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I find it interesting that someone had so much time on their hands. They had time to make a self pouring wine dispenser. Who did they expect was going to clean up the mess?? :) :)  How lazy can someone be???


The mind is a wonderful thing. What one man can dream up, another man will implement. Usefull or knot.


Would you like to buy a bridge?? Never had salt water under it. ................................  CHEAP! :)



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777 AS Jeremy suggested above. all the moves on that piece are basic to midlevel smithing. Anyone can learn all of them. If you are new it is out of reach for you now but may well be done in your future. Jeremy as I see it can forge anything he can imagine or someone else has done. He started with basics. He built on those to get to this level. 

If you are new get into a 'smithing group and see wot others do and even better is to add someone on one or group instructions. I do not know if they are available where you live. But there are books on 'smithing that will let you learn alone if you have to. 

On this site there are basics listed in the pages section that may get you working also. 

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The legs aren't equi-distant from each other or the same height; the cage rotates on the taller legs and has a bail for carrying when upright.  Doesn't look like it's self-pouring, but self-righting.  There appears to be a spring under the bottle that controls the speed of the bottle's return to upright.  Without any type of gearing or clockwork, there's no way for the weight of the bottle to be overcome in a controllable fashion.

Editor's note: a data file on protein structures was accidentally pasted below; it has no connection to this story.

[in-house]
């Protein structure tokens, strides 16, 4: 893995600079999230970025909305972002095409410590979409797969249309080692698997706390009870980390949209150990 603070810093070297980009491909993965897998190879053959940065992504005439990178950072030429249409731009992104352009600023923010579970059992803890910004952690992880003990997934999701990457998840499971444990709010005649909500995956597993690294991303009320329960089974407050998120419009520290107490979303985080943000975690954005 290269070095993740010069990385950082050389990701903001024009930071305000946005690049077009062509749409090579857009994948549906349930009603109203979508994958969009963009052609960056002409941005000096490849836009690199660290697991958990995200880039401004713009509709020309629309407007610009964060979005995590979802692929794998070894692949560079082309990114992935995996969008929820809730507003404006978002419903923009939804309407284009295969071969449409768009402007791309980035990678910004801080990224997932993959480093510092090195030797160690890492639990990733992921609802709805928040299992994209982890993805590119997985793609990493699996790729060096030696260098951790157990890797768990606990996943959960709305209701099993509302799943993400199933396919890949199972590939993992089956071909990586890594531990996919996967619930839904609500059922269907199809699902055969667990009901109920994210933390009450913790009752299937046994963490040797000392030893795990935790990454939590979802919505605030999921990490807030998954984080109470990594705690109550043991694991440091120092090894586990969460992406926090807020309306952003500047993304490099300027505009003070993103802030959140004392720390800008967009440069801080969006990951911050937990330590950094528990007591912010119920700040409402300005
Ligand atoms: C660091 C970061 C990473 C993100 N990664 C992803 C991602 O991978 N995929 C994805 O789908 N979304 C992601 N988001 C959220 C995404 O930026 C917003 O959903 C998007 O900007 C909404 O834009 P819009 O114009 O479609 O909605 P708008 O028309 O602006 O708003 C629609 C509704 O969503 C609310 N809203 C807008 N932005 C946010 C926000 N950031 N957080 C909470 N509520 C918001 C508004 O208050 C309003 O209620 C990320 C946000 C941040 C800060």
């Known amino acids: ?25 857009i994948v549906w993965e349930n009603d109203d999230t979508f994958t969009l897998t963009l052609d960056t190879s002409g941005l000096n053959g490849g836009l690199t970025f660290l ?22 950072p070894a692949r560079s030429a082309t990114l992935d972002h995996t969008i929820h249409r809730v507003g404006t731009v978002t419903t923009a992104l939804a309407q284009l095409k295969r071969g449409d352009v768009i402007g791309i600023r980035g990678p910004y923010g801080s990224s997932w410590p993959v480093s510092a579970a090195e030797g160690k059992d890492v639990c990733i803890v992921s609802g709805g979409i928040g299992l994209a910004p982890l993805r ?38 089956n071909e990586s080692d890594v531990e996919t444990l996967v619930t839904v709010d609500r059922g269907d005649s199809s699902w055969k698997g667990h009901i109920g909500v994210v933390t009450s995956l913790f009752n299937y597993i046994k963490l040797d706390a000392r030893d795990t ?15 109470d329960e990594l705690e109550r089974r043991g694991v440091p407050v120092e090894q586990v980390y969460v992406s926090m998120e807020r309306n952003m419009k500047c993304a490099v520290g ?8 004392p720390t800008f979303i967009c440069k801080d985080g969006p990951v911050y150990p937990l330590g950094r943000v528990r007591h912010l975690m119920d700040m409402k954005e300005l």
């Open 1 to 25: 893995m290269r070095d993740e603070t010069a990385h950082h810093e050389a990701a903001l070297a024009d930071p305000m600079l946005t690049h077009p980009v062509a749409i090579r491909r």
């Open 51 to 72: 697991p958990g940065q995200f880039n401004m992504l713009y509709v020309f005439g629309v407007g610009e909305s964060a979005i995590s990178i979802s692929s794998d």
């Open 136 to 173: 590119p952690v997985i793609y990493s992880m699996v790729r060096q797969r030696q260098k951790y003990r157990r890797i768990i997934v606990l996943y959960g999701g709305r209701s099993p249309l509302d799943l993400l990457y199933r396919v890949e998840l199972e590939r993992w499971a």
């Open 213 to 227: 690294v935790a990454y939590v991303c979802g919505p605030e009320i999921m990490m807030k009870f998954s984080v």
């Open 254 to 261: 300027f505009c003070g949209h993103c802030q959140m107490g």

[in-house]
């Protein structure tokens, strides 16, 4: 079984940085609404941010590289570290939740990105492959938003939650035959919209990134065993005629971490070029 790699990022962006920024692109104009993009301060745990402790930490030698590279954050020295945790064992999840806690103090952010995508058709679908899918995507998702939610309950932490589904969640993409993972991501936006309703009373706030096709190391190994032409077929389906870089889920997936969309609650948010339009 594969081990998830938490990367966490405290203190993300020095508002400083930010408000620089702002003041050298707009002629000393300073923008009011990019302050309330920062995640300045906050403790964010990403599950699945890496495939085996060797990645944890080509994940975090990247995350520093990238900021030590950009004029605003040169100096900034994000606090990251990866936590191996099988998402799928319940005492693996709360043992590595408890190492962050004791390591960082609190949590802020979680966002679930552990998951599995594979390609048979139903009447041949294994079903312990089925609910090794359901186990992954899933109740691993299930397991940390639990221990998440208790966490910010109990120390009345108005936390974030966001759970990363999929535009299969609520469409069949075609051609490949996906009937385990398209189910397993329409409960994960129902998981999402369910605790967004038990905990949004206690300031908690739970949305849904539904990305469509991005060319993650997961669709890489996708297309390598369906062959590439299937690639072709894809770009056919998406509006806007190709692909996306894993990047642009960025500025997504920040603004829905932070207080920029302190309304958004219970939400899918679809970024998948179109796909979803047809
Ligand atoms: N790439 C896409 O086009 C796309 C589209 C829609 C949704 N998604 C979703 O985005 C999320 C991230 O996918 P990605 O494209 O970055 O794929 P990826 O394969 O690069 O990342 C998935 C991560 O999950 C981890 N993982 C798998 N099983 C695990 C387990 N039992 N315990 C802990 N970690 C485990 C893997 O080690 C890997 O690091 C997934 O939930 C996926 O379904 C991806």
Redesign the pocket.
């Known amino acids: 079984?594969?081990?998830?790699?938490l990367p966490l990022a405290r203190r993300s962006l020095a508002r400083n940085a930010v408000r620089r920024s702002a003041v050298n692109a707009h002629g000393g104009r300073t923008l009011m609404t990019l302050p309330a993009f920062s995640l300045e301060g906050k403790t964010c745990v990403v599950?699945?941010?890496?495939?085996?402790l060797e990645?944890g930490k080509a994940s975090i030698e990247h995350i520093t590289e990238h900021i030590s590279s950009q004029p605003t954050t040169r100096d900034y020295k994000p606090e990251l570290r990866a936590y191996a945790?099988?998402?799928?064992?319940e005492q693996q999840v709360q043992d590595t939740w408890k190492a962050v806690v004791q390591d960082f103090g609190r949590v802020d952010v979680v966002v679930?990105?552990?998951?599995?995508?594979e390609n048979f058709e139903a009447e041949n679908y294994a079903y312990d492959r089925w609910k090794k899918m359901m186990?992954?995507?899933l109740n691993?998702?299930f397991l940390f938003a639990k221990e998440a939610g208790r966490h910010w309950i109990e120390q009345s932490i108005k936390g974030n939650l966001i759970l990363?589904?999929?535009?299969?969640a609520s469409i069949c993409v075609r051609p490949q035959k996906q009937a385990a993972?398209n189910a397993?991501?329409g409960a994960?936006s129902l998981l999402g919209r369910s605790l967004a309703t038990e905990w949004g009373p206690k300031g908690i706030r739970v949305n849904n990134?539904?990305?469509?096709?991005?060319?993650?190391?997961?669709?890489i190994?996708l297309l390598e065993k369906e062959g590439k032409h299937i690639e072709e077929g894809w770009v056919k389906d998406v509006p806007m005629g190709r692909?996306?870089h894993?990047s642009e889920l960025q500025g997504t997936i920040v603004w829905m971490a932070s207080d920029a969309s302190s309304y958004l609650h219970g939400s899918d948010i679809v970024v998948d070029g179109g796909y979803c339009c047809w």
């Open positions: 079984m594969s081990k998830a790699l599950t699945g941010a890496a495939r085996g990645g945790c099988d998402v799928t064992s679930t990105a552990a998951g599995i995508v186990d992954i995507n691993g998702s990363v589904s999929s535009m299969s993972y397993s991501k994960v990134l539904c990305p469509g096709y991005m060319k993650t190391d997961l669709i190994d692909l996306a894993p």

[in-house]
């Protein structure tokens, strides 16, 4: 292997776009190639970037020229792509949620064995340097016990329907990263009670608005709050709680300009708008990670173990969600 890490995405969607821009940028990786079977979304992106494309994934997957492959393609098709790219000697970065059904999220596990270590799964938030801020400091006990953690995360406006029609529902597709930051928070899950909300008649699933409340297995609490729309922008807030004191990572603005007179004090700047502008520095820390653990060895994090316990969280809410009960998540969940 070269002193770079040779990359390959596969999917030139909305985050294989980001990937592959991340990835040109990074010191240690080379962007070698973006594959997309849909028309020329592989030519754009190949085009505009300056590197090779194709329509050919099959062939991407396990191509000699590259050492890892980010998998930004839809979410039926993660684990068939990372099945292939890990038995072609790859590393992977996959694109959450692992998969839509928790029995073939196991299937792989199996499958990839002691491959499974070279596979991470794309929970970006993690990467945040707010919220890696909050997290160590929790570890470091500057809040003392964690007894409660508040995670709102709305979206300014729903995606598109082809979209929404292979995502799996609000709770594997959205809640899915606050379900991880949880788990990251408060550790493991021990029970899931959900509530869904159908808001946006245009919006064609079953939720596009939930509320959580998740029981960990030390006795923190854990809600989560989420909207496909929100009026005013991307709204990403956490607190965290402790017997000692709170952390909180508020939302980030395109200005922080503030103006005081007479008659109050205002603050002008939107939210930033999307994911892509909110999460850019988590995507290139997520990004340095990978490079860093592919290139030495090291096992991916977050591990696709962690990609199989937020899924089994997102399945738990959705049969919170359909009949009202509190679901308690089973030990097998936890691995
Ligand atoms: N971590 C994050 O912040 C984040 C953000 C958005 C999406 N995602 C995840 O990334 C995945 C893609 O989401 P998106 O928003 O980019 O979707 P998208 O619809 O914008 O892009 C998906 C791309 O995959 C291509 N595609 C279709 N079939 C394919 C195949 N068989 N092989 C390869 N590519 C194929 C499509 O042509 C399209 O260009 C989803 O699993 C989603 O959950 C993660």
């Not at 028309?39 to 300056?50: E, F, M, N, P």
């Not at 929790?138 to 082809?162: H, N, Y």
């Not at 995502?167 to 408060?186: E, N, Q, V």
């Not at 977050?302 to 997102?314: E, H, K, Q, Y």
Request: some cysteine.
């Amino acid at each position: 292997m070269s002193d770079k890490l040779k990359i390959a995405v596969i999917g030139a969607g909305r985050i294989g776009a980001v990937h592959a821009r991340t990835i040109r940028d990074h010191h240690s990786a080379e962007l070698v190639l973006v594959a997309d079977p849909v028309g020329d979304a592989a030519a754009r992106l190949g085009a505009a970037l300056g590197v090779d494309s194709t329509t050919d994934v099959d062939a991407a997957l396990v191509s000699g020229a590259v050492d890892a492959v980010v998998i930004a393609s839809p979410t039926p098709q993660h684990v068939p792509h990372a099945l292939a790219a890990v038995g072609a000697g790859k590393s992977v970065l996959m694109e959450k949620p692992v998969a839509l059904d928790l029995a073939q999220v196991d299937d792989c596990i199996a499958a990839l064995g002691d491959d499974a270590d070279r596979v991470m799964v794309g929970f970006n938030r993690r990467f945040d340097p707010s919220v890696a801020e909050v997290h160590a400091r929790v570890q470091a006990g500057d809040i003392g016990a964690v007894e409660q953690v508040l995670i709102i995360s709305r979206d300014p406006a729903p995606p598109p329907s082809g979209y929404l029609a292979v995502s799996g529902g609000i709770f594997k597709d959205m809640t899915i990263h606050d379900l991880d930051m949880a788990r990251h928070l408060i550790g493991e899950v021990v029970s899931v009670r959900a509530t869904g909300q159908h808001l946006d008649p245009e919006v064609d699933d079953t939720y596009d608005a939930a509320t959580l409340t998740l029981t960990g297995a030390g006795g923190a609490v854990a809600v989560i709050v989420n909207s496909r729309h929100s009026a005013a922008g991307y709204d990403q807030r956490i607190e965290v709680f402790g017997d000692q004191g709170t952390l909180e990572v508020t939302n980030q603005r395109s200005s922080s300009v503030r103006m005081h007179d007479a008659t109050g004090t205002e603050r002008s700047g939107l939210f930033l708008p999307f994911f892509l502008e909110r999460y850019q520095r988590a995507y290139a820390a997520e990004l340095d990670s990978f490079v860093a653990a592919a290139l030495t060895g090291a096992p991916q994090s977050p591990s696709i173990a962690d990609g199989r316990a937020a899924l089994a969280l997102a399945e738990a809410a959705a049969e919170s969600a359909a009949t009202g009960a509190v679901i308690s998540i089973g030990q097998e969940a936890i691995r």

The guy's hand looks like it's manipulating something, but I can't figure out how it relates to the rotation.

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Picture isn't the greatest, but I think that's a crank he's turning that may "tip" the bottle.  A better picture would help explain it better. My guess is the real "difficult" part of that project is mostly in getting all the pieces to fit together and be the correct length/position. Looks like it's more an exercise in precision fitting and fab work than anything else.

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The mechanism is pretty basic. "He's" turning a screw that advances or retracts the bottom female thread of the lever that raises and lowers the bottle.


It's a pretty cool piece and mostly if not all mid skill level, cutting the threads would be the toughest part, the rest is basic smithing of a consistent grade.


I'd be more than happy to have one on the table.


Frosty The Lucky.

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There is a woodcut/drawing of an original one of these in one of Seymoure Lindsay's books, can't remember which one right. Anyway the original is 16th-17th century. The thread is made by brazing like an early leg vise. Or it could be made by filing and chiseling as described in Moxson's Mechanix . 

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Yes - the thread is the same as a courting candle.
The thread is like the first picture and you can see the same in the second inside the red circle.
The 3rd picture has a conventional machined thread.

I will still make one similar to these but a tad different to my liking, and show the results here.




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